retail news in context, analysis with attitude

The Wall Street Journal reports that hedge fund Starboard Value has acquired about six percent of Staples' outstanding shares, raising the possibility that it could push for a merger between it and Office Depot, in which it has a 10 percent stake.

The story notes that there is enormous pressure in the office supplies business to consolidate, as competition heightens from the likes of Walmart and Amazon; Office Depot and OfficeMax merged just last year.
KC's View:
The story also quite rightly suggests that any such merger would draw a lot of antitrust regulators, who could easily argue that putting Staples and Office Depot together would eliminate competition in the office supplies category.

But it would raise an interesting question, and I would suggest that antitrust regulators would have to look at a merger of these two companies through 21st century lens. Competition is a very different thing now than it was a dozen years ago, and so-called format and category boundaries have fallen away. If merging is the only way that Staples and Office Depot can compete effectively with Walmart and Amazon, should regulators get in the way? And doesn't the very fact that competition comes from so many quarters - traditional and unorthodox - mean that the way antitrust rules are applied have to change.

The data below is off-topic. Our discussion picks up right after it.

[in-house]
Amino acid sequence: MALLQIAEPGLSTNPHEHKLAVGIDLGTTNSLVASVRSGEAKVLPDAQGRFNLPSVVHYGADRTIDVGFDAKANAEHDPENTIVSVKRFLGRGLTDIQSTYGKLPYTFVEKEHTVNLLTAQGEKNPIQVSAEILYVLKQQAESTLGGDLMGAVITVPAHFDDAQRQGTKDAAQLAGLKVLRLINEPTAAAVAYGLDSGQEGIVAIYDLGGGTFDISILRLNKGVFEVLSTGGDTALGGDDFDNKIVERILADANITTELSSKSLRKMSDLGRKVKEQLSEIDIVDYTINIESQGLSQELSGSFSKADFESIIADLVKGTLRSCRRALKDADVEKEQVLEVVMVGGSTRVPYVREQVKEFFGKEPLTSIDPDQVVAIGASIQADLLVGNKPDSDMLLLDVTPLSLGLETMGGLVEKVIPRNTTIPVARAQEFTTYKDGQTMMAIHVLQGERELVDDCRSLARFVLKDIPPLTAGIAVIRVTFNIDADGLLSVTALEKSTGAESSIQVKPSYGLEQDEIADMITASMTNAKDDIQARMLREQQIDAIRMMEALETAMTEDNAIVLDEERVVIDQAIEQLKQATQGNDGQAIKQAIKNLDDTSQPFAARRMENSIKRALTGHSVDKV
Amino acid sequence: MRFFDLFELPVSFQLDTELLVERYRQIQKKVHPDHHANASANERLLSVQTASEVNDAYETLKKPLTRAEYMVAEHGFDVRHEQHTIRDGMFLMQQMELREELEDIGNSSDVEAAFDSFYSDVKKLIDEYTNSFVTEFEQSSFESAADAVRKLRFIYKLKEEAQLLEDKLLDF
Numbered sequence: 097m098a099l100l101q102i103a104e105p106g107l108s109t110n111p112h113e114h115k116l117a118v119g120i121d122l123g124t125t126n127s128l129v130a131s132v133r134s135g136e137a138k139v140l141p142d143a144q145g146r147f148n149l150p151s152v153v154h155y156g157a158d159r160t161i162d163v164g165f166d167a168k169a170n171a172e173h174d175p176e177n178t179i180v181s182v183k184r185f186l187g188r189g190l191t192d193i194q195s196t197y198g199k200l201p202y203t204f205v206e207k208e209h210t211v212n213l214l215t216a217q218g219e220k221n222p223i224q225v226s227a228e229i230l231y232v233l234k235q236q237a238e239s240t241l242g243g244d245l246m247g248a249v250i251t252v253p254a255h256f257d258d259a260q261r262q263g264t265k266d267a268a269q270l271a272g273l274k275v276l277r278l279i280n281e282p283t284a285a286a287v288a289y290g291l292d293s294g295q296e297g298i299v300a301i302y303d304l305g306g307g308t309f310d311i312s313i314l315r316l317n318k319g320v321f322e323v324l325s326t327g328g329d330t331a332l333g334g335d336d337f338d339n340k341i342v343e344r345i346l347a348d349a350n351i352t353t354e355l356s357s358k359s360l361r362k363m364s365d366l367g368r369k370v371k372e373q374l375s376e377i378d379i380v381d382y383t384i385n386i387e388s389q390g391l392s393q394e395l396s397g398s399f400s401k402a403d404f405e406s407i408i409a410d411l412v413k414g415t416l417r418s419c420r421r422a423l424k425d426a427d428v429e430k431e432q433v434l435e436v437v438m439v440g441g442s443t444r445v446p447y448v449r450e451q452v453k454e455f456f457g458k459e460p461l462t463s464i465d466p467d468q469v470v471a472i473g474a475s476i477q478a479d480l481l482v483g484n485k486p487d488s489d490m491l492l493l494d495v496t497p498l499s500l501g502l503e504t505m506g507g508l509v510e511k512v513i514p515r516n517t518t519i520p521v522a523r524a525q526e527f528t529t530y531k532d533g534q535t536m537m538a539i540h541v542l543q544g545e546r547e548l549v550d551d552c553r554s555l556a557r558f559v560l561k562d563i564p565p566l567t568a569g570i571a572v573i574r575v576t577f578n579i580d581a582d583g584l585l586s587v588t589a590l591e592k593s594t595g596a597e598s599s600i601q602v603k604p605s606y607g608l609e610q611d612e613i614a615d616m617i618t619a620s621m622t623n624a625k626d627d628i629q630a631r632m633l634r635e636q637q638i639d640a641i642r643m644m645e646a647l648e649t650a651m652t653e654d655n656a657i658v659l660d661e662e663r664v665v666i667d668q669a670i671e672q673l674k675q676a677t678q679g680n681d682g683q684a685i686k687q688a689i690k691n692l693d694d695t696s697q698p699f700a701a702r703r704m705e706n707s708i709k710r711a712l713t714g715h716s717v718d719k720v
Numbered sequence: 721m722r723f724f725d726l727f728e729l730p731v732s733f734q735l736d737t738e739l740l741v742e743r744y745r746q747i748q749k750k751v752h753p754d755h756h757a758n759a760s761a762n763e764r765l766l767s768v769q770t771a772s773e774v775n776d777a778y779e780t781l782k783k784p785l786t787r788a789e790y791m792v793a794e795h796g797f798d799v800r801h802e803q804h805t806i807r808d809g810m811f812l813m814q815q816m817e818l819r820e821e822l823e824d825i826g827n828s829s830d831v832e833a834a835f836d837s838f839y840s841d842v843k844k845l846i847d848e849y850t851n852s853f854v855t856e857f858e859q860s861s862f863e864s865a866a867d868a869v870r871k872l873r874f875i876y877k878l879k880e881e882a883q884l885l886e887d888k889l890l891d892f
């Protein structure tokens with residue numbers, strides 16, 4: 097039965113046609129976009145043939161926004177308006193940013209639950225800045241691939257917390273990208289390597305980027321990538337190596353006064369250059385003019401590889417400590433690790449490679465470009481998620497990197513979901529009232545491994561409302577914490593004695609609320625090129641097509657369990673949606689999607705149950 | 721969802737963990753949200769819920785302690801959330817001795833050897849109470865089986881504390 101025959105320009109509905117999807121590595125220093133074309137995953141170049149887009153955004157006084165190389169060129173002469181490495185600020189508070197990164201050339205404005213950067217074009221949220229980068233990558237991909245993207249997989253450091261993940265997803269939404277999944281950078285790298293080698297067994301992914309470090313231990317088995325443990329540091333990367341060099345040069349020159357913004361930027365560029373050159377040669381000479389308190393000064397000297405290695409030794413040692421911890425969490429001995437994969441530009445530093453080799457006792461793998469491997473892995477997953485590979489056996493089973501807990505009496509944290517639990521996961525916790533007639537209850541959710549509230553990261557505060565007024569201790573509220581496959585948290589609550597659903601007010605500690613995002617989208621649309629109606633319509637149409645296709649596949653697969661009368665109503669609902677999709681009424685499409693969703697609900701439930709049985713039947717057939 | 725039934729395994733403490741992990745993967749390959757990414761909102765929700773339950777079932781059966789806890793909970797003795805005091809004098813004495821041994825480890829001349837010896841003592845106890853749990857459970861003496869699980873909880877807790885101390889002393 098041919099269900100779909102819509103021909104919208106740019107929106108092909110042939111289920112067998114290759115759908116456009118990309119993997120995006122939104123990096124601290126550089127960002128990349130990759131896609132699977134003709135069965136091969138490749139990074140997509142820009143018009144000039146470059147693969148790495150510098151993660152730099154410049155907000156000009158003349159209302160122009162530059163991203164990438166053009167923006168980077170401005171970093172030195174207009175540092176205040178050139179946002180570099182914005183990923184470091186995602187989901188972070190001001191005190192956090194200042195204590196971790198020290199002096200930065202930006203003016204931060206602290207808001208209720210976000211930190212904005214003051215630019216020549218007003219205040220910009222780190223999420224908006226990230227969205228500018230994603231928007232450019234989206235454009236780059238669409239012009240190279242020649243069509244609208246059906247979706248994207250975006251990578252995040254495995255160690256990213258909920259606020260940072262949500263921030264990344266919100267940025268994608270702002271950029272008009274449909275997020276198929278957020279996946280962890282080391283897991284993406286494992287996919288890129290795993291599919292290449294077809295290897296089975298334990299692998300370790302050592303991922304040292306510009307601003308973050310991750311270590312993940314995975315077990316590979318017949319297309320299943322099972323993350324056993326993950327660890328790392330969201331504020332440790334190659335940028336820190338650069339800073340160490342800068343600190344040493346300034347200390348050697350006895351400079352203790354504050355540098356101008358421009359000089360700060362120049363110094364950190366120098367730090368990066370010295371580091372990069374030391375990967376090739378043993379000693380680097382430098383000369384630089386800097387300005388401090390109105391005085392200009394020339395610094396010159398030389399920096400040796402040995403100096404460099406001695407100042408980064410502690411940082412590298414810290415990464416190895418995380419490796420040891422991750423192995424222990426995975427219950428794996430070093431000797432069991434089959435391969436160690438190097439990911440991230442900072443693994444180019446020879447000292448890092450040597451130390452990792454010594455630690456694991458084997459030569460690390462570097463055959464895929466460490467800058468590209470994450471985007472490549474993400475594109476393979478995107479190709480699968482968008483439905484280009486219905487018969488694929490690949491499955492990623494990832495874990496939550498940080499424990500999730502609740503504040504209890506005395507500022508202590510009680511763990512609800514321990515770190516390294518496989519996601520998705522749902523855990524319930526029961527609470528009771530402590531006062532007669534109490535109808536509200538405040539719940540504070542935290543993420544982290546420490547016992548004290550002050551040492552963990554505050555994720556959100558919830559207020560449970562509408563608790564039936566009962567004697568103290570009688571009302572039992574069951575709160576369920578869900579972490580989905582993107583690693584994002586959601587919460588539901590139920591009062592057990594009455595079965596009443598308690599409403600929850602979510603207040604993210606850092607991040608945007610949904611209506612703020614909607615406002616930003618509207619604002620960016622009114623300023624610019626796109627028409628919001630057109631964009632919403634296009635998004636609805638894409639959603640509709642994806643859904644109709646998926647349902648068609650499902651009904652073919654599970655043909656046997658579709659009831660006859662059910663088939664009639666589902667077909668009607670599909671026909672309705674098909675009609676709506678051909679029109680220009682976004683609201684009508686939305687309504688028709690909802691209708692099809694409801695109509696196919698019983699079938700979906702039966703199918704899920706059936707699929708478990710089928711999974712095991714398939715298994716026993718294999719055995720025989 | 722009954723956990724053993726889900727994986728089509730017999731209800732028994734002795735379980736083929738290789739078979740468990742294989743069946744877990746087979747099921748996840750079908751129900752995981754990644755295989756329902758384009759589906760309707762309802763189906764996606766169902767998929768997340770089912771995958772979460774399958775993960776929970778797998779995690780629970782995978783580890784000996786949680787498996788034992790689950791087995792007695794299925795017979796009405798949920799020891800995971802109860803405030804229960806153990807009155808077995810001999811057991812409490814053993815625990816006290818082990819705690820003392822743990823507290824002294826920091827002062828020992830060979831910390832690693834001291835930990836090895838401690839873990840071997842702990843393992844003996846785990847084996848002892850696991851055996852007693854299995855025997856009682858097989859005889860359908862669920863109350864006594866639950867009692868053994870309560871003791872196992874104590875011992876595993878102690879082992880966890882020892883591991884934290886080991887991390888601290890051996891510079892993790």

I'm getting ahead of myself here. The merger is a matter of speculation, not fact. But I do think the very idea of it raises larger questions that eventually will have to be answered.